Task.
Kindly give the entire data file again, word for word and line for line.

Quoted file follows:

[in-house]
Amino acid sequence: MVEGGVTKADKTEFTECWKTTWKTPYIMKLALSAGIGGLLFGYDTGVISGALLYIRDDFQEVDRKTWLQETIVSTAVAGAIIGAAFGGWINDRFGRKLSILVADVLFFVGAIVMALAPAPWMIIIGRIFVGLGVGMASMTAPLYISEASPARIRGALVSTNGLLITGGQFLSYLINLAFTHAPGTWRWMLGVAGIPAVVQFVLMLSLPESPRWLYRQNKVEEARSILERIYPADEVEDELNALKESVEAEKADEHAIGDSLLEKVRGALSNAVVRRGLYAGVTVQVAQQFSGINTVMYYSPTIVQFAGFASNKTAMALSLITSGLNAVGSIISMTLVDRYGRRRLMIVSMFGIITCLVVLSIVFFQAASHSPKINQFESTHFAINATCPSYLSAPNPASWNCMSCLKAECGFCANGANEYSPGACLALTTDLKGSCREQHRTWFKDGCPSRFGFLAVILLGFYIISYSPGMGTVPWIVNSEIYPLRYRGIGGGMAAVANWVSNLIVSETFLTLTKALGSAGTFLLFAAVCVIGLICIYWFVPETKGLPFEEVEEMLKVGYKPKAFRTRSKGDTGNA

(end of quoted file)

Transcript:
[in-house]
Amino acid sequence: MVEGGVTKADKTEFTECWKTTWKTPYIMKLALSAGIGGLLFGYDTGVISGALLYIRDDFQEVDRKTWLQETIVSTAVAGAIIGAAFGGWINDRFGRKLSILVADVLFFVGAIVMALAPAPWMIIIGRIFVGLGVGMASMTAPLYISEASPARIRGALVSTNGLLITGGQFLSYLINLAFTHAPGTWRWMLGVAGIPAVVQFVLMLSLPESPRWLYRQNKVEEARSILERIYPADEVEDELNALKESVEAEKADEHAIGDSLLEKVRGALSNAVVRRGLYAGVTVQVAQQFSGINTVMYYSPTIVQFAGFASNKTAMALSLITSGLNAVGSIISMTLVDRYGRRRLMIVSMFGIITCLVVLSIVFFQAASHSPKINQFESTHFAINATCPSYLSAPNPASWNCMSCLKAECGFCANGANEYSPGACLALTTDLKGSCREQHRTWFKDGCPSRFGFLAVILLGFYIISYSPGMGTVPWIVNSEIYPLRYRGIGGGMAAVANWVSNLIVSETFLTLTKALGSAGTFLLFAAVCVIGLICIYWFVPETKGLPFEEVEEMLKVGYKPKAFRTRSKGDTGNA